In DepthARTIFICIAL INTELLIGENCE

DARPA sets out to automate research

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Science  30 Jan 2015:
Vol. 347, Issue 6221, pp. 465
DOI: 10.1126/science.347.6221.465

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Summary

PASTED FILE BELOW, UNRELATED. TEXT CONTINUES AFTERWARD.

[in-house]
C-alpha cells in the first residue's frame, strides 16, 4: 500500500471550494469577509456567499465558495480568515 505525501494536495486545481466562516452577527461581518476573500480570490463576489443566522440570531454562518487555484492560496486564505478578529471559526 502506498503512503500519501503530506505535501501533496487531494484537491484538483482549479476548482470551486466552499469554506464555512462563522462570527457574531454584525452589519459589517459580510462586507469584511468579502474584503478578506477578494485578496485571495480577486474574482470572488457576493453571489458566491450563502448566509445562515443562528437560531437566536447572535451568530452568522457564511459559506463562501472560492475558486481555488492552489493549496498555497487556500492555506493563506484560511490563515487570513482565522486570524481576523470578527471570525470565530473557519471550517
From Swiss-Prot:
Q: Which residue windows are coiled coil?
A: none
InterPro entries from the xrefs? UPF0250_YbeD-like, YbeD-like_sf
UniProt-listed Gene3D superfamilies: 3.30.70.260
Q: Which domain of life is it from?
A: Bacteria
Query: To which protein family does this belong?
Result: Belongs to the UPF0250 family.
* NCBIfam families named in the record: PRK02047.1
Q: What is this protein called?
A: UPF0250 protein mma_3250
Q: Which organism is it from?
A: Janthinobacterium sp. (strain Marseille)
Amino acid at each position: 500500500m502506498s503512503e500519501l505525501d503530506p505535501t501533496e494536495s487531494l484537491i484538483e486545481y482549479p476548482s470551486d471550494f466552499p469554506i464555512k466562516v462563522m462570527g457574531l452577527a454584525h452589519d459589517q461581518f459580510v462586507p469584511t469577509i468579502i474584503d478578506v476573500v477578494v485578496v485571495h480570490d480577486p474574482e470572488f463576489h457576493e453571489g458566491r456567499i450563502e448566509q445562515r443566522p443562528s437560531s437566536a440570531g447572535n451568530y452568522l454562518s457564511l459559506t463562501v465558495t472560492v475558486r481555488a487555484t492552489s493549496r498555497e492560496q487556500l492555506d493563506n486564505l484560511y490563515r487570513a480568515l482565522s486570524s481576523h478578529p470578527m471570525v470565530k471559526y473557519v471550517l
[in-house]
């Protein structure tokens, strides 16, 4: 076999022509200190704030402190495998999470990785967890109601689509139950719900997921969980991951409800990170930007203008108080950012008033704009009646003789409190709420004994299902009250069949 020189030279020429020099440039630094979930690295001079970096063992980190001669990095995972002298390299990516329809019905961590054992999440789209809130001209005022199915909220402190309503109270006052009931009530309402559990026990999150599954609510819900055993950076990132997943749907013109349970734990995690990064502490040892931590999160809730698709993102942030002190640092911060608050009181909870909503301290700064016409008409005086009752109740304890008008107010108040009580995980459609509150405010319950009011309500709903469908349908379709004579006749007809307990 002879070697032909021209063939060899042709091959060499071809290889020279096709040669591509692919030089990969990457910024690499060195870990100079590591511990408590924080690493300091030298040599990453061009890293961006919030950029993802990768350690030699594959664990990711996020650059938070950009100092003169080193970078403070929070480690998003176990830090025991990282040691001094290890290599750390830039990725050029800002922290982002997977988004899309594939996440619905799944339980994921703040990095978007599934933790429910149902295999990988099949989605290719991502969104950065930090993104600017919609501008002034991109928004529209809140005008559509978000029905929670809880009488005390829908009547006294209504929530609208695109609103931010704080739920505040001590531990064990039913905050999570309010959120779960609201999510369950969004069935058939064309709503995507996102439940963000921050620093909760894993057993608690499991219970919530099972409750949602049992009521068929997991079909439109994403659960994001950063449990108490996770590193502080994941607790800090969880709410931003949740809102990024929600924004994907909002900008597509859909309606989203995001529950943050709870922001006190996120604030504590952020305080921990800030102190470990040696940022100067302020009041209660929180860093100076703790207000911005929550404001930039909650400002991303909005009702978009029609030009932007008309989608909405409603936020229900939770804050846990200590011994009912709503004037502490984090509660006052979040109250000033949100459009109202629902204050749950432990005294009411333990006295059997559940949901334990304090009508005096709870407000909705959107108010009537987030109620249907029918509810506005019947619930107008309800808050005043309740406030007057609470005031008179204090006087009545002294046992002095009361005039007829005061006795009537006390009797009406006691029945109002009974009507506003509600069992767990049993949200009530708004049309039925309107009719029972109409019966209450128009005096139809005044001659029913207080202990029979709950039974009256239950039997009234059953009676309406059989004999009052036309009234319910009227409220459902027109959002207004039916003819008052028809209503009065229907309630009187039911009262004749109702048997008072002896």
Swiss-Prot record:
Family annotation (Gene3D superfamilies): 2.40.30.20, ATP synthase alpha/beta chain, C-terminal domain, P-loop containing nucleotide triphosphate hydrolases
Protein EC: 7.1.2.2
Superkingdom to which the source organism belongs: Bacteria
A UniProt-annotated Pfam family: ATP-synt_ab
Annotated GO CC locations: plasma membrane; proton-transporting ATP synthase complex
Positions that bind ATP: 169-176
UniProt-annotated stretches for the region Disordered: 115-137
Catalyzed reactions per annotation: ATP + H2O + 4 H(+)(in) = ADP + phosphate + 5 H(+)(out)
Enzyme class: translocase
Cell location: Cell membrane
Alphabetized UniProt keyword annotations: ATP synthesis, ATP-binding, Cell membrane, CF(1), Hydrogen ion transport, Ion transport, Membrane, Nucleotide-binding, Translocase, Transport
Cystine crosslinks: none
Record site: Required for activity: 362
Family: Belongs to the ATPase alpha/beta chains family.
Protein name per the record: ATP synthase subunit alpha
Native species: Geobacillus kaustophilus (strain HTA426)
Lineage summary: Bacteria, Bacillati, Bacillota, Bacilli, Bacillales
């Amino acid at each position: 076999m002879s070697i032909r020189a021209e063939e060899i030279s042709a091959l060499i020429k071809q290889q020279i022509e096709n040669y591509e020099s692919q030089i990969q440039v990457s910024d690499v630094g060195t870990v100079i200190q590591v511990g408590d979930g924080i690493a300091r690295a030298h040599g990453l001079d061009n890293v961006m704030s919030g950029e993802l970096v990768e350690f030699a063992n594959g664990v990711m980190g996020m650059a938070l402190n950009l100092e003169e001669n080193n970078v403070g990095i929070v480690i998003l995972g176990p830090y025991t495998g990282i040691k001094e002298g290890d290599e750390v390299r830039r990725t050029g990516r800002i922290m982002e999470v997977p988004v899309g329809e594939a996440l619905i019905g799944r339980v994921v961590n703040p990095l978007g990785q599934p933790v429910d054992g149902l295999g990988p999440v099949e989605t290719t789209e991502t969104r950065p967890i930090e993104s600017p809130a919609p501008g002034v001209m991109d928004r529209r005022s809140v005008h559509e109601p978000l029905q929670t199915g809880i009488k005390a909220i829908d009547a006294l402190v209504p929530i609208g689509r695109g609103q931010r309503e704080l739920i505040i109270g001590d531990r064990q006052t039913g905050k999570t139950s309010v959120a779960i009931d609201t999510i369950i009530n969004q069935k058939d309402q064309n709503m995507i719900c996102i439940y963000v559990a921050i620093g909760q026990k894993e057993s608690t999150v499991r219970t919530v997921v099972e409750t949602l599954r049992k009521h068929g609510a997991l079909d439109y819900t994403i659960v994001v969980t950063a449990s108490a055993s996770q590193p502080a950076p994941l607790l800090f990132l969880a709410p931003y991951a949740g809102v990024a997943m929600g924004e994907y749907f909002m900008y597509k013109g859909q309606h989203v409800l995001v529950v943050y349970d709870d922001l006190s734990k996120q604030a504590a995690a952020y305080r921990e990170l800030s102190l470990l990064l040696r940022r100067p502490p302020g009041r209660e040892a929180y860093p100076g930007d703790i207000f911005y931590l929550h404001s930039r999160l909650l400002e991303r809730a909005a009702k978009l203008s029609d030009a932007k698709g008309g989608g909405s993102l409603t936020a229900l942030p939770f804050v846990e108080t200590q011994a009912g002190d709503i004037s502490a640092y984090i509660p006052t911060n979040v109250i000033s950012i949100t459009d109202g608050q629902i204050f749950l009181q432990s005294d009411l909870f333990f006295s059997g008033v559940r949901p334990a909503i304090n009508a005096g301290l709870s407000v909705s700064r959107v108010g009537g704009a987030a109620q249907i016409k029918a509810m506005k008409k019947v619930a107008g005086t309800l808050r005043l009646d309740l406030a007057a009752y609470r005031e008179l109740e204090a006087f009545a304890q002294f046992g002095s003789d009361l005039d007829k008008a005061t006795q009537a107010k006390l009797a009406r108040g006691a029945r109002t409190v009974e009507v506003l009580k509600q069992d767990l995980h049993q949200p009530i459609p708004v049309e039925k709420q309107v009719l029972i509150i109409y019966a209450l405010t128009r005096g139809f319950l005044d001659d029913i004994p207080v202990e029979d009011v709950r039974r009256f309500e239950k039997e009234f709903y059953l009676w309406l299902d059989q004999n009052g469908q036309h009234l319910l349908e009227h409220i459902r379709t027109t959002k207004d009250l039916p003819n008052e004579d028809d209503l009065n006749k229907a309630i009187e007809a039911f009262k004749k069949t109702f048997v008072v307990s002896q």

The physics Nobel laureate Frank Wilczek has famously predicted that in 100 years, the best physicist will be a machine. Now the U.S. Defense Advanced Research Projects Agency is working toward that vision in a different arena: cancer research. Last summer, the agency launched a $45 million program called Big Mechanism, aimed at developing computer systems that will read research papers on cancer driven by mutations in the Ras gene family, integrate the information into a computer model of the cancer pathways, and frame new hypotheses for scientists to test—all by the end of 2017. The 12 participating teams met in Washington, D.C., last week to take stock of progress on the challenge. If it succeeds, the technology could aid researchers studying complicated systems from climate science to military operations and poverty.